This post is dedicated to people currently struggling with the thoughts of forgiving people who have hurt them physically, mentally or emotionally.
I am going to approach this subject rather cautiously because people’s feelings, experiences and possibly judgements are involved.
What Is Forgiveness
Forgiveness is the ability to release the mind and heart from all past hurts, failures, guilt, shame, humiliation and loss. It enables you overcome anger, resentment or a desire to punish or get even with someone who has harmed you.
It is the result of a process that involves a change in emotion and attitude regarding an offender. Most scholars view this as an intentional and voluntary process, driven by a deliberate decision to forgive. This process results in decreased motivation to retaliate or maintain estrangement from an offender despite their actions, and requires letting go of negative emotions toward the offender.
It is central to healthy human development and may be one of the most important processes in the restoration of interpersonal relationships after conflict (Hill 2001)
In all honesty, forgiving could be difficult particularly when the people who wronged us don’t deserve our forgiveness.
At times, it could be a difficult or traumatic experience because people tend to hurt us in several ways and I dare say the act of forgiveness isn’t necessarily always an easy option.
There are certain events which stir up bitterness, anger, hatred…. … this in turn creates an emotional conflict and the thoughts of forgiving isn’t usually on the agenda.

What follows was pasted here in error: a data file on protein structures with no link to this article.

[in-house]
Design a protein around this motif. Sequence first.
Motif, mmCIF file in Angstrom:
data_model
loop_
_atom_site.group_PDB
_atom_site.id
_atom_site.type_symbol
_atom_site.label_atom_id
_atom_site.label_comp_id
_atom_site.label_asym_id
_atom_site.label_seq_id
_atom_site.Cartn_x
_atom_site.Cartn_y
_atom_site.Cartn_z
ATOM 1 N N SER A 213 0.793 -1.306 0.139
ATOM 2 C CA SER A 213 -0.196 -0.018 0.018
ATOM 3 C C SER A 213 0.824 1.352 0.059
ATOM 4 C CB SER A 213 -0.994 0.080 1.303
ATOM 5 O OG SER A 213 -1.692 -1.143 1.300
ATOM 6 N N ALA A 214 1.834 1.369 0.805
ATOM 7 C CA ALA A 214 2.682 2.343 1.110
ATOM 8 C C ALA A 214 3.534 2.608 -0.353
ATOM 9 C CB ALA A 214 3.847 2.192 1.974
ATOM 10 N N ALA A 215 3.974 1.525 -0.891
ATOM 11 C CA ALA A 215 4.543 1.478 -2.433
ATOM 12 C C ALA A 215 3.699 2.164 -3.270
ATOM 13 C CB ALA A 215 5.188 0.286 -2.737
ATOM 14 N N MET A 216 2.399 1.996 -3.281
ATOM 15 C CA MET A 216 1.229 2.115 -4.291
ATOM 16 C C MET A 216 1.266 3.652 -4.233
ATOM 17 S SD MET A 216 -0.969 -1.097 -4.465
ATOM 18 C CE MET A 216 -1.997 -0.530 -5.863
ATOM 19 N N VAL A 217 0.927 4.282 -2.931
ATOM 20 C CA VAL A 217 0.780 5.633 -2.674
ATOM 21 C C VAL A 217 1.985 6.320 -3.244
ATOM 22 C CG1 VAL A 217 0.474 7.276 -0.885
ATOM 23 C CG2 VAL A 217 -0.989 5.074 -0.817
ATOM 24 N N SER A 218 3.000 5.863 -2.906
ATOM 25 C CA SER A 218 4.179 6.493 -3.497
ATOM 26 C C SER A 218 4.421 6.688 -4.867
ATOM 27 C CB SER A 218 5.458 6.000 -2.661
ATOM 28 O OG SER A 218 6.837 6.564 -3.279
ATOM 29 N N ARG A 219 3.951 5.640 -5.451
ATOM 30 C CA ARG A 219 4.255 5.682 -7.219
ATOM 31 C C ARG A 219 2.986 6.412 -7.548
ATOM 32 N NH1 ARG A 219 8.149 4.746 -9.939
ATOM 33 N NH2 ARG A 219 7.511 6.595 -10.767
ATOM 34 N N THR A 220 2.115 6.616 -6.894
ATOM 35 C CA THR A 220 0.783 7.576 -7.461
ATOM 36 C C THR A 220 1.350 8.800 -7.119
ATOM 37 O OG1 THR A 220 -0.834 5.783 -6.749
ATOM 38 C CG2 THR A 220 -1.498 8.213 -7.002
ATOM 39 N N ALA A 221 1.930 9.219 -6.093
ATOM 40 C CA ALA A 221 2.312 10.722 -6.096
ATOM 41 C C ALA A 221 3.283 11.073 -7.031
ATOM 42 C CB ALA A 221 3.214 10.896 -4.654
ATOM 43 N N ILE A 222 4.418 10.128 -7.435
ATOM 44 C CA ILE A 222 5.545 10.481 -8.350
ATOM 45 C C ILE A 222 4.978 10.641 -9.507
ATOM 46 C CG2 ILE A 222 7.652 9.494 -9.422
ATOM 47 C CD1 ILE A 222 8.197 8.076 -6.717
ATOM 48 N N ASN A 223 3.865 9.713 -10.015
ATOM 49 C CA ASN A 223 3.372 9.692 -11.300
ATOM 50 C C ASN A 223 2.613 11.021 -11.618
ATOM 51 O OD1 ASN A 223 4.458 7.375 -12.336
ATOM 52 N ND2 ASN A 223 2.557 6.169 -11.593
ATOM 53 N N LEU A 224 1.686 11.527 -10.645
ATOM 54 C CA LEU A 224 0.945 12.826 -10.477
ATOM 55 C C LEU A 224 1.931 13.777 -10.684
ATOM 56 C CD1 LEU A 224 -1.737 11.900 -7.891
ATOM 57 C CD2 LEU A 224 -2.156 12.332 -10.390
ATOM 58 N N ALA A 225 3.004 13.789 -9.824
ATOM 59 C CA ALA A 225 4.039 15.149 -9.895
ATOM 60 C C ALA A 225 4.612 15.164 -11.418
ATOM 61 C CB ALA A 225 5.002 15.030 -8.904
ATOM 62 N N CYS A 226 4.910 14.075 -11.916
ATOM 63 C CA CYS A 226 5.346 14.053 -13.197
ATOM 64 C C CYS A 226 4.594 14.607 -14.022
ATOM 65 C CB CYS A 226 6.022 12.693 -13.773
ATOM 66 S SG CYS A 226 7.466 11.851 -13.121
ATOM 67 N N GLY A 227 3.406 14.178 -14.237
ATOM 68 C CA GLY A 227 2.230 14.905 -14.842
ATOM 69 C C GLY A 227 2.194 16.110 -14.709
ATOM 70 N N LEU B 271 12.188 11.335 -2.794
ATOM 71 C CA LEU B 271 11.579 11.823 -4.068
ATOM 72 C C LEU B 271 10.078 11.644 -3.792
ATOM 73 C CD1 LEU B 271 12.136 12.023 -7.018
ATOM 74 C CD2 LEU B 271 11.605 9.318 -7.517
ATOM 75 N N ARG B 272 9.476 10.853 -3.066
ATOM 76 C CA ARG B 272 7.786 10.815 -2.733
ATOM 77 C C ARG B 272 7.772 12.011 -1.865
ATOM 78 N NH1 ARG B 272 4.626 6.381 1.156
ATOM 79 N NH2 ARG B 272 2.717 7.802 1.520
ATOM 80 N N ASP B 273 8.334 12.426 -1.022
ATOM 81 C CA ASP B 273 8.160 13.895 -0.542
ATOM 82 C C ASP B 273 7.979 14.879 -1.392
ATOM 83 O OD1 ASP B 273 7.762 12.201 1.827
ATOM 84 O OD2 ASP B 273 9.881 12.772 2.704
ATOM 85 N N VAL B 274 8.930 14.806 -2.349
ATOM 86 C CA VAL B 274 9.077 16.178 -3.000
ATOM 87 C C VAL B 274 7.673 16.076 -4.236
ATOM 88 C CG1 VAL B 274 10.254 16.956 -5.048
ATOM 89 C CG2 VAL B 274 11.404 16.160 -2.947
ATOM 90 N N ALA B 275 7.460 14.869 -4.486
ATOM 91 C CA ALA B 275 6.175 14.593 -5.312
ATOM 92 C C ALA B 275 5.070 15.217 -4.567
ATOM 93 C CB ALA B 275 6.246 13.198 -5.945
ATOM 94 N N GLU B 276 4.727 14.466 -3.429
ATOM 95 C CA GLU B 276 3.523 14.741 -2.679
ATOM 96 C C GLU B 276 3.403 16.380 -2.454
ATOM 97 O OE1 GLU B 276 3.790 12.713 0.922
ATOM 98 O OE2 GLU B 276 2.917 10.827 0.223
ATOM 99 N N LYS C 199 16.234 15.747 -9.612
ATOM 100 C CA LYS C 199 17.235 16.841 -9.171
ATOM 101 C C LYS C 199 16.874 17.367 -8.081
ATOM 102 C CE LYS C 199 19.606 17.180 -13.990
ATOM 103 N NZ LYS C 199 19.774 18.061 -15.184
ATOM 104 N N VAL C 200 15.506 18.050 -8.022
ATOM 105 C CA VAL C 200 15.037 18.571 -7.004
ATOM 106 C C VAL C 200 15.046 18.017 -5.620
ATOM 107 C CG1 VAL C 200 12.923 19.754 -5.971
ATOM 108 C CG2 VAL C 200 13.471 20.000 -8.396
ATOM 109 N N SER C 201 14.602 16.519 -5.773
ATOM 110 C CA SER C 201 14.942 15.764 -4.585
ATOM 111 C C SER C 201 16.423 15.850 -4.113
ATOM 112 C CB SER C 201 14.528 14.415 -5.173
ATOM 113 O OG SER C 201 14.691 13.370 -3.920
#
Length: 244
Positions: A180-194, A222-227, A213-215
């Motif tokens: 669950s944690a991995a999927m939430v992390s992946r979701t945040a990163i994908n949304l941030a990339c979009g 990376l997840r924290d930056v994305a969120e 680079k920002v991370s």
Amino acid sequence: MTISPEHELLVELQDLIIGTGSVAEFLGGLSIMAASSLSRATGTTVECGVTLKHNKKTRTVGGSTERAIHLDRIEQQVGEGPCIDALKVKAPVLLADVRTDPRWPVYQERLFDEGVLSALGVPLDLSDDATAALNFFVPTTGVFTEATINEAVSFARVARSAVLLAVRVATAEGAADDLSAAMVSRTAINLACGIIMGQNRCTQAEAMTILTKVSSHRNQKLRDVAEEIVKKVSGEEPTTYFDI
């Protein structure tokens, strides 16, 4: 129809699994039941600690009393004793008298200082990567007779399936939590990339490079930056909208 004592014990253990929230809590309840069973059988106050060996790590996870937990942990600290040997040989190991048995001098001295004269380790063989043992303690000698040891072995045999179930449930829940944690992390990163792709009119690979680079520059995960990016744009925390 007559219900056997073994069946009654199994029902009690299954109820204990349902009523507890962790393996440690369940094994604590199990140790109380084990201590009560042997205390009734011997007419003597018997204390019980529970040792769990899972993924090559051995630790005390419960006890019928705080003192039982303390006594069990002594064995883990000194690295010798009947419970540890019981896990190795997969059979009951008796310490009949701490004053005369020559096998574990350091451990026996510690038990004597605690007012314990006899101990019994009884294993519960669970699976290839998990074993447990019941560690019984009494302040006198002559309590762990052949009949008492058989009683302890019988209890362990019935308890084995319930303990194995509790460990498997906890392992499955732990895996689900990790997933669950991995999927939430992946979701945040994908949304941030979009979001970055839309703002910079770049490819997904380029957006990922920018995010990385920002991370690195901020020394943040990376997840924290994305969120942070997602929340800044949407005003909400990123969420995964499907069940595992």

In my case:
- Being betrayed and having my love for someone smashed to pieces right before my very eyes.
- Backstabbed and slandered by a ‘close friend’ in 1996 (lol!!! I remember the date)
- Patronized, heckled and ridiculed for making certain decisions.
- Bearing grudges with my eldest sisters’ ex boyfriend who split up with her 4 days after my dad died. (On the plus side: she’s happily married with a kid and as for him…….. hmmh!!!.)
- Swindled by close friends.
The list is endless but these are the ones that come to mind immediately.
For you it may be:
- Experiencing an abusive, troubled or rocky relationship.
- Your secrets get exposed.
- People you loved and cherished walk out on you
- Losing your children through a divorce.
- People set out to intentionally hurt you physically, mentally, emotionally…….
There are so many more examples I can come up with because each person/event is unique; but the big question is WHAT DO YOU DO when you are struggling to forgive someone who really hurt you.
I DONT KNOW
IT’S A PERSONAL ISSUE.
However, the aim of this post is to highlight the benefits of forgiveness and suggest a few steps to forgiveness leaving you to make an informed decision at the right time.
In no particular order, the benefits of forgiveness are as follows:
It improves your physiological health and aids emotional healing through the concept of reconciliation.
Forgiving someone helps in maintaining a stable blood pressure and is of immense cardiovascular benefits. (Dr Everett L. Worthington)
It improves your mental well being by reducing the levels or chances of depression as a result of better support and interaction from friends and family.
It strengthens your spirituality, develops your social interaction and enables you manage conflict considerably.
It allows you gain control of your emotions with a view to reducing blame, anger and hostility linked to the issue causing offence.
It decreases your levels of stress and increases your level of optimism
It promotes hope and increases the frequency of joyful experiences.
It also influences your attitude which exposes your heart to kindness, beauty, warmth and love.